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The making of a president
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Tanya M. Wilson is an inspirational speaker and writer living in Charlotte. Her column, "360 You," is published here each Saturday. Visit her website at www.360you.net.

Both of my parents were in politics -- my father at the state level and my mother at the local level. One thing I know firsthand is that campaign seasons can be tough. Because each party sets out to win, it’s not uncommon to see people forgetting about integrity and truth, focused, instead, on the end result.

This presidential campaign season was one of the most difficult that I have experienced. Even though I was familiar with embellishment tactics that are commonplace in campaigns, this season felt very different from the norm.

I was moved as I watched President Obama tear up at the conclusion of his campaign while speaking in Iowa, then again while speaking to his team of volunteers. I thought of the times I allowed my tears to heal me from my struggles, and I celebrated the president’s release as he realized he had done all he could; now he had to stand.

During the time of our president’s birth, it was not as accepted as it is today for a Caucasian woman to join with an African man and, out of wedlock, have a child. Yet the Lord used that uncommon situation to birth a president. Despite the difficulty of her circumstance, the president’s mother did all she could to raise him well. Nevertheless, his early years were not easy, as detailed in his book, “Dreams From My Father.”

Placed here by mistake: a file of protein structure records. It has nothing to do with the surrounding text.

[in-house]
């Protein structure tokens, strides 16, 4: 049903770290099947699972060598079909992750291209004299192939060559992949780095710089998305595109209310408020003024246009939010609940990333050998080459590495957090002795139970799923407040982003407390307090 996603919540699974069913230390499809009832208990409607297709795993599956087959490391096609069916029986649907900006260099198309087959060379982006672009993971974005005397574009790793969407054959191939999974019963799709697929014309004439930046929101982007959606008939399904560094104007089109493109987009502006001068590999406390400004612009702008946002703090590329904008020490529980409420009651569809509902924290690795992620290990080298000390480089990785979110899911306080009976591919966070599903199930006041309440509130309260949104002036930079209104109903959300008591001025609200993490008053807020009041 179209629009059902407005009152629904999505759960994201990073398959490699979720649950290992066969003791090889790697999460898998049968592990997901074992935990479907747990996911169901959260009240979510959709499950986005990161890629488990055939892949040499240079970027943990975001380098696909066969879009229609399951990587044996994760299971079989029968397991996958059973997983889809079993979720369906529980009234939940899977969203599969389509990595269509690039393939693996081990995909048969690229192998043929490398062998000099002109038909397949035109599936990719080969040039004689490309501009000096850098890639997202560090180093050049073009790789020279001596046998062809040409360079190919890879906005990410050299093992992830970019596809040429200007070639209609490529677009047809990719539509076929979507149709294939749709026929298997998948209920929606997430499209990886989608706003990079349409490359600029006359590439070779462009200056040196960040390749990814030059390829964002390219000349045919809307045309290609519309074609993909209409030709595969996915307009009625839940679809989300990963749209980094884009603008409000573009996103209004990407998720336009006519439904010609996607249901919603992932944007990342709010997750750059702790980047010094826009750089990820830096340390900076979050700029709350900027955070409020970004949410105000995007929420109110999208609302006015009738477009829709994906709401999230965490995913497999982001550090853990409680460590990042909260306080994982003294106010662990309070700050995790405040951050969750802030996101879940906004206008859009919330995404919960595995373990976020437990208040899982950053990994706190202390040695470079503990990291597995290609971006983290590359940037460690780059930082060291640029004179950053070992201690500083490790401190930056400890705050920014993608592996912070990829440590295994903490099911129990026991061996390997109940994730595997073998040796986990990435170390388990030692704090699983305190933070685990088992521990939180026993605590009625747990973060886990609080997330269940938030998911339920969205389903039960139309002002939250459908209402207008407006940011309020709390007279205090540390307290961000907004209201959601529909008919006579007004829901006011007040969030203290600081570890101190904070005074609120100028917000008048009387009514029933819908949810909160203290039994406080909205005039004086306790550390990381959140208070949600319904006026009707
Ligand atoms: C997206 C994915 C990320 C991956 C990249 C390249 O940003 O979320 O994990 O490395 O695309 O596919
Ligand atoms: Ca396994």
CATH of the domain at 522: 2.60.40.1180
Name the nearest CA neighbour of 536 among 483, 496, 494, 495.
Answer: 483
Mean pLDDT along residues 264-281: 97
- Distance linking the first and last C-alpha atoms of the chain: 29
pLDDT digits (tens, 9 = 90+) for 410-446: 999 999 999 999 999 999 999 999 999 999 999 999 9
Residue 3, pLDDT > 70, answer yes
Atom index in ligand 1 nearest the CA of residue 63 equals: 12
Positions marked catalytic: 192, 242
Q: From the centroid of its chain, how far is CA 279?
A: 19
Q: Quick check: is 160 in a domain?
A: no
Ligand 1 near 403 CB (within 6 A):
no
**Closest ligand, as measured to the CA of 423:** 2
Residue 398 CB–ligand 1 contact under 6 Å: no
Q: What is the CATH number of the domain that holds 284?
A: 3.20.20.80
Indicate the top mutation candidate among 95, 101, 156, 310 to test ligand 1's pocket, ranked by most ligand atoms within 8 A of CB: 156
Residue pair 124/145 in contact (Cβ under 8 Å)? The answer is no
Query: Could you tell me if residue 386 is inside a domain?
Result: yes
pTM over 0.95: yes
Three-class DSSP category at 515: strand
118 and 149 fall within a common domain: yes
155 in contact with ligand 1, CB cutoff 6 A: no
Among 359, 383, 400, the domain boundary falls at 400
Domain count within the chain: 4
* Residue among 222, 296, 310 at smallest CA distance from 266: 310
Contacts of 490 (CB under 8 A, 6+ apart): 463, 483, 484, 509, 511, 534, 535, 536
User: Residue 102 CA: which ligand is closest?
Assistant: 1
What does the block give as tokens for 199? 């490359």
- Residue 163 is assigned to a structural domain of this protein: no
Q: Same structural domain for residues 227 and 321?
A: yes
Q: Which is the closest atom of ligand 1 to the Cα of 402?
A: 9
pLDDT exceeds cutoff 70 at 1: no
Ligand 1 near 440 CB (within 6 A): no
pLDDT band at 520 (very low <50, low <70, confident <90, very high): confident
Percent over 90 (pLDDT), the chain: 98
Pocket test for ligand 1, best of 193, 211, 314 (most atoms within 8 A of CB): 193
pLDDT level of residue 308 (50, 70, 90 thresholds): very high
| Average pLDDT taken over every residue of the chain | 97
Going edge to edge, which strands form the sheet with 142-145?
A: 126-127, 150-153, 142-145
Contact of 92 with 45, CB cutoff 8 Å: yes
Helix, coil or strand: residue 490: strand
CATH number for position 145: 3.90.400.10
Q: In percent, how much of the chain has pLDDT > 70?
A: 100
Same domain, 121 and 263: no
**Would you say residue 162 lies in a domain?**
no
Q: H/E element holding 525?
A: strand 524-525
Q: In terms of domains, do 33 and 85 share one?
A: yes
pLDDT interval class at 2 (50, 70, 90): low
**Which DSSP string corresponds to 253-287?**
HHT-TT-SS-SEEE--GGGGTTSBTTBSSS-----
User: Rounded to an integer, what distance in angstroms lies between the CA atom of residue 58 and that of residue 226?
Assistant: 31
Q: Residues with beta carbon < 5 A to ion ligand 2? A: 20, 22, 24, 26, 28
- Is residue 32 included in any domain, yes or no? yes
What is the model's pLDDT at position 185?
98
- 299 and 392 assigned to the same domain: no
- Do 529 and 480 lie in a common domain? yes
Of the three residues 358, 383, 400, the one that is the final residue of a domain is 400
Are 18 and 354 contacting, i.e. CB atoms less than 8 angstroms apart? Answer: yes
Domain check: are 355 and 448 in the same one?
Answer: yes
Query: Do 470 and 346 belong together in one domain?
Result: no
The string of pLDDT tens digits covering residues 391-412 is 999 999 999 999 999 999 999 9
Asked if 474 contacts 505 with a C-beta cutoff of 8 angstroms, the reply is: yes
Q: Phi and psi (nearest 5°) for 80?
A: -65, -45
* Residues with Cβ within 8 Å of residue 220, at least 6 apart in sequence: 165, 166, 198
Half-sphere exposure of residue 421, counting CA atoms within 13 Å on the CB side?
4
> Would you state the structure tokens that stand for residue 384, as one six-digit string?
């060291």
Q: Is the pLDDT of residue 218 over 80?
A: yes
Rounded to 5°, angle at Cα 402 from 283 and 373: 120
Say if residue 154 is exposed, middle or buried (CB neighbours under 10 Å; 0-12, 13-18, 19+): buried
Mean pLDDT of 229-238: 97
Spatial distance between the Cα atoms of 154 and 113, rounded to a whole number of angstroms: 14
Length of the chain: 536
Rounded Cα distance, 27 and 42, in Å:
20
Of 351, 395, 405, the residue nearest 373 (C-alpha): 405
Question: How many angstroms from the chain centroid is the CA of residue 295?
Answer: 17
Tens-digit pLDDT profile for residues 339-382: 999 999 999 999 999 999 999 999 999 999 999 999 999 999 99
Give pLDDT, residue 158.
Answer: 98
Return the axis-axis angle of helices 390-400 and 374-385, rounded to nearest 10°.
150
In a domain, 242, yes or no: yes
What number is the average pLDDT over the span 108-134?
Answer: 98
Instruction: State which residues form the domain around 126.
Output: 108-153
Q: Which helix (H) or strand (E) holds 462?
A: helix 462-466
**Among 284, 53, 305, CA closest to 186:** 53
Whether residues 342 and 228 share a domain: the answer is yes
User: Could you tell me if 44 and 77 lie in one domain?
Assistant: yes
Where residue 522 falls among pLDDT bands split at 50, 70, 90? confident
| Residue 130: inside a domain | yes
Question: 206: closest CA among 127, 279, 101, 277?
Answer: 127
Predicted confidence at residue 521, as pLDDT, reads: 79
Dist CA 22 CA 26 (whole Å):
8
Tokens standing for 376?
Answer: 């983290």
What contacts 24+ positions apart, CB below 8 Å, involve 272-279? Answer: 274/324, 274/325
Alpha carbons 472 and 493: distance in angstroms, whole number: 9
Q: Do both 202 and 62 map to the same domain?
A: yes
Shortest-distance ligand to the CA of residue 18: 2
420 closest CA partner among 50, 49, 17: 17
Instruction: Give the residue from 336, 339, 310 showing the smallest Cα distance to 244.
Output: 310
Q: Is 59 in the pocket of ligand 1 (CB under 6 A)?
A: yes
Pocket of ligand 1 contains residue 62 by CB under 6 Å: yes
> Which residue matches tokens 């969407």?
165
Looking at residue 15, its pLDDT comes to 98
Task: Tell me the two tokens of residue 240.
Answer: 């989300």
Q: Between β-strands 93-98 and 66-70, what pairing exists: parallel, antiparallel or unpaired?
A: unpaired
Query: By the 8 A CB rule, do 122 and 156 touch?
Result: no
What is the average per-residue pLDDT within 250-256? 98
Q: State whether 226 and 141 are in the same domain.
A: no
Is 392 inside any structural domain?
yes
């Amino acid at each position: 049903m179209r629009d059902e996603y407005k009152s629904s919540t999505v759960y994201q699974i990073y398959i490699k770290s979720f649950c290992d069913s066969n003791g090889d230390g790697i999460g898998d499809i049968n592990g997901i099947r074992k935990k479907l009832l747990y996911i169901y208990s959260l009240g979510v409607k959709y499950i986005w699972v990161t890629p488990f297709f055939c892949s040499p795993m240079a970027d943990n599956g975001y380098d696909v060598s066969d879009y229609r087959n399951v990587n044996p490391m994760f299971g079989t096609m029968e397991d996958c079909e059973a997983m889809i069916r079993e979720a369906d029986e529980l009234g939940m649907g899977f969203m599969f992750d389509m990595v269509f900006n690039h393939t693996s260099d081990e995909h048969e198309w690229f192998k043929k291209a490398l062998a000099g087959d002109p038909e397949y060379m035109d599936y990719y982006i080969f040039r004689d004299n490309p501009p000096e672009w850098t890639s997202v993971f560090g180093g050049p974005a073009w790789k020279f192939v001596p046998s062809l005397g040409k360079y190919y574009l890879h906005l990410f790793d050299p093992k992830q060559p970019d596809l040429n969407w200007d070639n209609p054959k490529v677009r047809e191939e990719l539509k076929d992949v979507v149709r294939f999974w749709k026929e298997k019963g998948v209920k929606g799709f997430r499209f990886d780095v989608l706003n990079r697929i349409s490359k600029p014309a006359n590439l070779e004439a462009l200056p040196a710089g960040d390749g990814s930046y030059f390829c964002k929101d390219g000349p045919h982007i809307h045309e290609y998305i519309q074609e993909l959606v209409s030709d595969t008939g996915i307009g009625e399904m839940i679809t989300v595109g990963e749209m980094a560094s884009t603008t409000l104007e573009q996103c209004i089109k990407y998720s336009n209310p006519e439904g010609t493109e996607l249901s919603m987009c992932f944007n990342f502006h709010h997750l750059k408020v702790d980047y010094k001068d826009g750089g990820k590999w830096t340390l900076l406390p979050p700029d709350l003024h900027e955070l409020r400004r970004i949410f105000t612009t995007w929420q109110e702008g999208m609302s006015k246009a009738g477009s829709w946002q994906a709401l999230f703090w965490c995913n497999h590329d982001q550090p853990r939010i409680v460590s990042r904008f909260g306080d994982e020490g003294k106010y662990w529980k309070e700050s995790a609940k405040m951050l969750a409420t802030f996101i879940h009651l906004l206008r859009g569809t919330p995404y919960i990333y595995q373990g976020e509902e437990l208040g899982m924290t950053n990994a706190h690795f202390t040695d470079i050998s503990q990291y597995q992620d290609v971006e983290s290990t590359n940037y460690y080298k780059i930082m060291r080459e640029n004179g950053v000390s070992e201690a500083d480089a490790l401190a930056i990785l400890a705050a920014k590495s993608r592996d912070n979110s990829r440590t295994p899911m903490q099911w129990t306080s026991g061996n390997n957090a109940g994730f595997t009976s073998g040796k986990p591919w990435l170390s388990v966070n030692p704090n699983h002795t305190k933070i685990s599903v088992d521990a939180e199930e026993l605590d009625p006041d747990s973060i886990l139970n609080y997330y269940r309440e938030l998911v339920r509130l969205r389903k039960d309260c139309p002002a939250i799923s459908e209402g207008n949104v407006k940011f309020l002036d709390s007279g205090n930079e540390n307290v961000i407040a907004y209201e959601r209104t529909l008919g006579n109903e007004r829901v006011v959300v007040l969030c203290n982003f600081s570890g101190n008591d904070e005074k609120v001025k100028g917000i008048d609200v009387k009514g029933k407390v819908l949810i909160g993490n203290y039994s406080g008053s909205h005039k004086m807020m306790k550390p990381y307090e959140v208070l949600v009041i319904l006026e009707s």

Obama’s time in the community working at the grassroots level in neighborhoods fighting for what he believed in could not have been easy either. Sometimes, even when you believe you are doing what is right, there are times when others don’t see things the way you see them, and opposition shows up.

Financially, he had his struggles. We know this as we learned about his old Jeep with worn-out flooring, driven when he would pick Michelle up for their dates. Let’s not forget that when he met Michelle, she had a higher salary and held a higher position than he did.

Sacrifice and suffering is evidenced throughout his life, but now he walks in his blessings, as is highlighted in Romans 8:18: “For I consider that the sufferings of this present time are not worth comparing with the glory that is to be revealed to us.”

What if Obama had given up when things were tough? What if he didn’t press on, or what if he had dismissed his emotions for Michelle because, at the time, her career was ahead of his? Chances are we would not have witnessed his election to be our 44th president.

I am sure that mixed in his tears as he said, “you believed in me,” was the revelation of knowing that his prayers were answered, and that the promises that he held true in his life had come to pass and that, despite every hurt place and every loss and suffering place, he was victorious.

Congratulations Mr. President.
 



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December 21, 2014
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